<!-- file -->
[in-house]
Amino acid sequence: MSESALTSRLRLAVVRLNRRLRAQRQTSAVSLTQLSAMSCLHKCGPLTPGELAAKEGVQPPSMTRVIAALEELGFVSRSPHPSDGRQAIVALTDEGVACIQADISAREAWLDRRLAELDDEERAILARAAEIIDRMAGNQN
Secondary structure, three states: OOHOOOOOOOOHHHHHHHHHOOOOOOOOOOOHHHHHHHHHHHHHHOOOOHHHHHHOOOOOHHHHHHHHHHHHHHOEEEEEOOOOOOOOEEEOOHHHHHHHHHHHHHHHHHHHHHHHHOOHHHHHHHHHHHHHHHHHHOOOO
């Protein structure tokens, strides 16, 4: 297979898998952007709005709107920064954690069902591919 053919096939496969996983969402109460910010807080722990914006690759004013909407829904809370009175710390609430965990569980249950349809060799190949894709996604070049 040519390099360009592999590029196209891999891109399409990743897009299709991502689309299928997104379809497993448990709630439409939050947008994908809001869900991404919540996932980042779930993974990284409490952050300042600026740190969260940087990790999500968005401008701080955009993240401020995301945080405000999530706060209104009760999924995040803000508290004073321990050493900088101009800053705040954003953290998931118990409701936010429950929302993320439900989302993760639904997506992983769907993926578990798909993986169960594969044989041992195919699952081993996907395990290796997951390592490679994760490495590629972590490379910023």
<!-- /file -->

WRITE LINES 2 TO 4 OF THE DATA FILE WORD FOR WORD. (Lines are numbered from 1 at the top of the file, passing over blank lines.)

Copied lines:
Amino acid sequence: MSESALTSRLRLAVVRLNRRLRAQRQTSAVSLTQLSAMSCLHKCGPLTPGELAAKEGVQPPSMTRVIAALEELGFVSRSPHPSDGRQAIVALTDEGVACIQADISAREAWLDRRLAELDDEERAILARAAEIIDRMAGNQN
Secondary structure, three states: OOHOOOOOOOOHHHHHHHHHOOOOOOOOOOOHHHHHHHHHHHHHHOOOOHHHHHHOOOOOHHHHHHHHHHHHHHOEEEEEOOOOOOOOEEEOOHHHHHHHHHHHHHHHHHHHHHHHHOOHHHHHHHHHHHHHHHHHHOOOO
């Protein structure tokens, strides 16, 4: 297979898998952007709005709107920064954690069902591919 053919096939496969996983969402109460910010807080722990914006690759004013909407829904809370009175710390609430965990569980249950349809060799190949894709996604070049 040519390099360009592999590029196209891999891109399409990743897009299709991502689309299928997104379809497993448990709630439409939050947008994908809001869900991404919540996932980042779930993974990284409490952050300042600026740190969260940087990790999500968005401008701080955009993240401020995301945080405000999530706060209104009760999924995040803000508290004073321990050493900088101009800053705040954003953290998931118990409701936010429950929302993320439900989302993760639904997506992983769907993926578990798909993986169960594969044989041992195919699952081993996907395990290796997951390592490679994760490495590629972590490379910023």